My Favorite Book Is...

My Favorite Book Is...
Barbara Bush: Education, Arts, Letters and Ideas

Skill: Elementary School
Time Required: One to two class periods


Standards Compliance
NCSS Strand 1
Culture
NCSS Strand 4
Individual Development and Identity
NCSS Strand 7
Production, Distribution, and Consumption
NCTE Standard 1
Students read fiction, nonfiction, classic, and contemporary works to acquire information for various purposes.
NCTE Standard 3
Students apply a wide range of strategies to comprehend, interpret, evaluate, and appreciate texts.

Introduction:

One area of genuine interest for First Lady Barbara Bush was reading, with particular emphasis on family literacy.  Her interest was, perhaps, one result of her son Neil’s dyslexia.

Objectives:

The purpose of this lesson is to allow students an opportunity to share their favorite book with their classmates.    

Materials Required:

Art supplies.  Books from home or library. Access to the Internet (for researching authors).

Procedures:

Lead students in a discussion of what characteristics make a book a “favorite” one for students their age.  Ask students what their favorite books are.  As nearly as possible, make sure that each student has a copy of his or her favorite book—from home or from a library.

 Tell students that now they work for a new publishing company, The Schoolhouse Publishers.  The new company wants new materials to advertise their favorite book.  It is their job to create these materials.  Specifically, the company wants a “blurb” about the author that is written for students their age, a new cover, and a very short summary of the book.  It is their job to create it.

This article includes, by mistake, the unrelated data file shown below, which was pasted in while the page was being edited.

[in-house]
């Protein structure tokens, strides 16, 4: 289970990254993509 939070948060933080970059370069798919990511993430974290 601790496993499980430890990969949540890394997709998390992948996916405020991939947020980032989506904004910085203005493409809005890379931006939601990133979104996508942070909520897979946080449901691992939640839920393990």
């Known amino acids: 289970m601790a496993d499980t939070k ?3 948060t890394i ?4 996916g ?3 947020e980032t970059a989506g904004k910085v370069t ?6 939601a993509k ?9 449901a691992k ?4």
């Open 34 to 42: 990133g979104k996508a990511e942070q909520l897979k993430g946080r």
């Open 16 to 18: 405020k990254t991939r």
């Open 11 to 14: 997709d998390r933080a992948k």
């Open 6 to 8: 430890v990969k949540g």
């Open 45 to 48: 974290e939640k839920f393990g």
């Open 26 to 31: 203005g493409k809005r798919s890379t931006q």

Extending the Lesson:

The teacher may wish to invite the school librarian/information specialist in (or take the class to the media center/library) for a presentation on the book publishing industry.  This lesson could also be tied in with a visit in the district by a recognized children’s author or with National Library Month. This lesson can also be a group project, rather than an individual one.

Sources & Resources:

Websites:

Students may use the Web to research material on the authors of their books if it is available.

Books:
 
A book for each student or small group of students. 


Credits:
 
This lesson was developed by Bette Brooks, Kent State University.